A view from inside the fort looking westward across the mooring field for local boats.
 Looking out towards where YOLO is anchored off to the Northeast of the point where the fort is located.
 They take good care of these historic buildings here.  This is the inside court of the fort.
 That's Kellie digging through the dirt looking (and finding) chaney near the fort. We'd just been to an exhibit on the historical value of chaney at the fort and decided to look across the creek from the fort just to see.  If I'd been a fort dweller and had broken china to dispose of, I'd probably throw it out across the creek.  Lo and behold, we found tons of the pottery shards there but had to keep a low profile as the fort still maintains that this land is "disputed ownership".  If the gov't owned it, they should clean up the trash and homeless living debris from the land.
 Another haul from snorkeling off the beach by the fort in Frederiksted.  The ships of yore used to anchor off the fort on the west end of the island here.  Now the cruise ships dock here. The china and porcelain and pottery were often brought from Denmark for locals or as ballast in ships. If it was broken, the local inhabitants didn't want to pay the tax on it and threw it overboard instead. Others claim the crockery was tossed overboard and replaced with more valuable rum, sugar and molasses by the ship's owners for the return trip.  Whatever.....lots of old stuff is still found washing ashore onto the beach here.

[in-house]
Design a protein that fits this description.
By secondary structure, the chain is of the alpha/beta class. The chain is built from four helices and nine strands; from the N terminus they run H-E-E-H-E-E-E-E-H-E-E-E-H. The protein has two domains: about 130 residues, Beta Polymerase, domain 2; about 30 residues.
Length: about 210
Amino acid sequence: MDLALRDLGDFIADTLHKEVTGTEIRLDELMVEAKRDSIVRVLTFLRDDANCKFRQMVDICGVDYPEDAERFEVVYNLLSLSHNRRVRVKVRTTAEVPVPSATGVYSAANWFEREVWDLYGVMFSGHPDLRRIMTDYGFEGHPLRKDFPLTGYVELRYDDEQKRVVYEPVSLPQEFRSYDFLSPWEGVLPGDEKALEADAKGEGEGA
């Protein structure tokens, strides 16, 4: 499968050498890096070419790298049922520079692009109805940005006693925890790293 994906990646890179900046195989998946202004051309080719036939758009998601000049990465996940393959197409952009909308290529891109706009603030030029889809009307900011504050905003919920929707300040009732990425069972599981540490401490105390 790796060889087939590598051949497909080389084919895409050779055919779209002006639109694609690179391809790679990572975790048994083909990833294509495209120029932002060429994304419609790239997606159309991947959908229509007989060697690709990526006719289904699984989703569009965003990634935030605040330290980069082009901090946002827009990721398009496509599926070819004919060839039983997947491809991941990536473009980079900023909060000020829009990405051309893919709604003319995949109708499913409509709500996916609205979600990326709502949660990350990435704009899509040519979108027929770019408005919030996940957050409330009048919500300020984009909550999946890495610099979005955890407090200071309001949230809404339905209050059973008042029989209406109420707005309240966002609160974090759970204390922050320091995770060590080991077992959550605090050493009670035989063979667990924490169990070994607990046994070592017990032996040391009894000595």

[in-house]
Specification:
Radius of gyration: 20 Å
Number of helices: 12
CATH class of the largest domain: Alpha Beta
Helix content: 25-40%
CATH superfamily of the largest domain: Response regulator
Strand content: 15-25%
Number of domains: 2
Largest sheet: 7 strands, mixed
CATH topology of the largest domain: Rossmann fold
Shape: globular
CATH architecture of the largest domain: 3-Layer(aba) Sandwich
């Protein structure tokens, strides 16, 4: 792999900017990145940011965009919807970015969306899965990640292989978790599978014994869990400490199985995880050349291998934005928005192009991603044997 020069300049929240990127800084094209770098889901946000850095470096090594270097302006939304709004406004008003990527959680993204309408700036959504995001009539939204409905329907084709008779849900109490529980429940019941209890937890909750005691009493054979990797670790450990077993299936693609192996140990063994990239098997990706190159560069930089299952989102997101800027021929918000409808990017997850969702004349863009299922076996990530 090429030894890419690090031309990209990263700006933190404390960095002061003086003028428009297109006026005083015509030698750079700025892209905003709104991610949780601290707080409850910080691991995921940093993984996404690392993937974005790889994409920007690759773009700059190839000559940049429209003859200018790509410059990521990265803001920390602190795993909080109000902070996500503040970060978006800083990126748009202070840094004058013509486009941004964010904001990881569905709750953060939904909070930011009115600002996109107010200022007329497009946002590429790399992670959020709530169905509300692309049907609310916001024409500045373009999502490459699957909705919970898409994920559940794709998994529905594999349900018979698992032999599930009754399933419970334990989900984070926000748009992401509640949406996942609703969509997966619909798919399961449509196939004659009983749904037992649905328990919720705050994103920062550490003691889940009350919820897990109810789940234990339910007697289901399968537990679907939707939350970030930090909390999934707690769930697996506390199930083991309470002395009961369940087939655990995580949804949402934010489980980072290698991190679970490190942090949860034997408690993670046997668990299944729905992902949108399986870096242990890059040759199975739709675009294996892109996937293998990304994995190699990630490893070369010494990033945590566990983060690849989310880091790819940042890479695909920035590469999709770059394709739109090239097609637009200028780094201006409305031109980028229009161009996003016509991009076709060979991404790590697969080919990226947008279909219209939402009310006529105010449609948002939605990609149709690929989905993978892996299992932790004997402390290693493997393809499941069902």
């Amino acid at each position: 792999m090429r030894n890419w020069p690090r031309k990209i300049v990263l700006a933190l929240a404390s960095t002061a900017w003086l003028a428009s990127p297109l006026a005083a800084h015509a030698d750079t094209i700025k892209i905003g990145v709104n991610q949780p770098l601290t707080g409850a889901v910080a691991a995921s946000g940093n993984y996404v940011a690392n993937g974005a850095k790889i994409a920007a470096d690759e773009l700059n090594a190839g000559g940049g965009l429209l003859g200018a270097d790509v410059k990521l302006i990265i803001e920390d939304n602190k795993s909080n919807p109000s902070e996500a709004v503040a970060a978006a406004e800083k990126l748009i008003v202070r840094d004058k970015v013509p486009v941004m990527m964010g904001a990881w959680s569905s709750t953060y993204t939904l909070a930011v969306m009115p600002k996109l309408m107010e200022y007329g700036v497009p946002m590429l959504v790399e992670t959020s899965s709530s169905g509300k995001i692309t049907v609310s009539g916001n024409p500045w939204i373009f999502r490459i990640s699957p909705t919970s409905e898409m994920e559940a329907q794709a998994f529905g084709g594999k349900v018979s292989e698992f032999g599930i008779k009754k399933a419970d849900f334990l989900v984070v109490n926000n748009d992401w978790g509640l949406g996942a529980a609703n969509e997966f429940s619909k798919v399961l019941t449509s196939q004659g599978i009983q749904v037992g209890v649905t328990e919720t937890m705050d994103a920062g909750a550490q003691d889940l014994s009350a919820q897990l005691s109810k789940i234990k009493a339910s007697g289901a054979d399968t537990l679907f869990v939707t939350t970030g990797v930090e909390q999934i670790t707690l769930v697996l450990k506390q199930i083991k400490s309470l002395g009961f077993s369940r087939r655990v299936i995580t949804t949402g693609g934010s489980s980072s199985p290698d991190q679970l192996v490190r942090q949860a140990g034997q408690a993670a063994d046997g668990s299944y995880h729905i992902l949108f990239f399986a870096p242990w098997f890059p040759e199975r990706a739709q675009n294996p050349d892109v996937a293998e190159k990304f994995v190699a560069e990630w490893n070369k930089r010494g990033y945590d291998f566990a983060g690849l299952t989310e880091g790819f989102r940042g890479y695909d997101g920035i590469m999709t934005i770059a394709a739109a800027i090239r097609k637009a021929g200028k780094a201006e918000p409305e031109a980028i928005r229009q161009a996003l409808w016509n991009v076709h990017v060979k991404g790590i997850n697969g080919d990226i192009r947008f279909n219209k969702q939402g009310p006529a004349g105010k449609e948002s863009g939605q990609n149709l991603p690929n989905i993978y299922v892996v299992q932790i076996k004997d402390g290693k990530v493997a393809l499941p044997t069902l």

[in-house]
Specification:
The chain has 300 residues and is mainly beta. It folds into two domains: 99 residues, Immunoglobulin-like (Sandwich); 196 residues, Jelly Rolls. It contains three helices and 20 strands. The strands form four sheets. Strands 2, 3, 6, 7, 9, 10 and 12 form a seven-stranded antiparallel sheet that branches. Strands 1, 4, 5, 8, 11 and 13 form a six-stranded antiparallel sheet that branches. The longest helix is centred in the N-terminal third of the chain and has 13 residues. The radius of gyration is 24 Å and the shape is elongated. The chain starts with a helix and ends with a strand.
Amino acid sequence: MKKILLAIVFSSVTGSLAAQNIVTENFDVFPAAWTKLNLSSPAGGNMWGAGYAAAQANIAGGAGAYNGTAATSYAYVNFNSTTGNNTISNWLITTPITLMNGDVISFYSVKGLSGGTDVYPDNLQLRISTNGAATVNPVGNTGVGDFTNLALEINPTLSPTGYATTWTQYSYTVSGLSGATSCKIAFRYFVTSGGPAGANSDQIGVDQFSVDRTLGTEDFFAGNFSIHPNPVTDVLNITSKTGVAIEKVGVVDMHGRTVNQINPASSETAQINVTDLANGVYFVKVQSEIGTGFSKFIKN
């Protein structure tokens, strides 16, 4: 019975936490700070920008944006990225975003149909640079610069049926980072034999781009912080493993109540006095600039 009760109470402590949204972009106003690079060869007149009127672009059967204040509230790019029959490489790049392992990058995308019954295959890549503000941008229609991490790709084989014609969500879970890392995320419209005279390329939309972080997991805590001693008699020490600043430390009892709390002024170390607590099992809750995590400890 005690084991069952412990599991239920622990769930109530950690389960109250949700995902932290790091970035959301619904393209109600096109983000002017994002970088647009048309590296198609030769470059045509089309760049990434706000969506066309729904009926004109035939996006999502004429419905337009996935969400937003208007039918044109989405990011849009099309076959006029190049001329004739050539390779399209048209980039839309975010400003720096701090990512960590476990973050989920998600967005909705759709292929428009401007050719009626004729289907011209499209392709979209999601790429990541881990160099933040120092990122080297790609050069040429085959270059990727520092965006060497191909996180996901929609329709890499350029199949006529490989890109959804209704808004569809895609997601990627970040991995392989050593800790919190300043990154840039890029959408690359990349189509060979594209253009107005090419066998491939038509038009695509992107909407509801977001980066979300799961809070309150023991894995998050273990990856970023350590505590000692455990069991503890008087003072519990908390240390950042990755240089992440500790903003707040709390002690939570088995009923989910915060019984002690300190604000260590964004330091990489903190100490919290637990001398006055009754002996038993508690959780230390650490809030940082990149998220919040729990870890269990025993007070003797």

The blue and white is the most often found chaney, as the Danes loved their Japanese porcelain designs back in the late 1700's.  Much of the chaney is the whitish 'creamware', but the bluish tinge to the pottery and porcelain makes is part of the group referred to as 'pearlware'. The plain pottery, as in the dull grey-brown and orange/black tiles above is often the old slave pottery.  Not as pretty, but still sought after for its age and historical value.  I'd spend lots more time hunting chaney if I had more time here!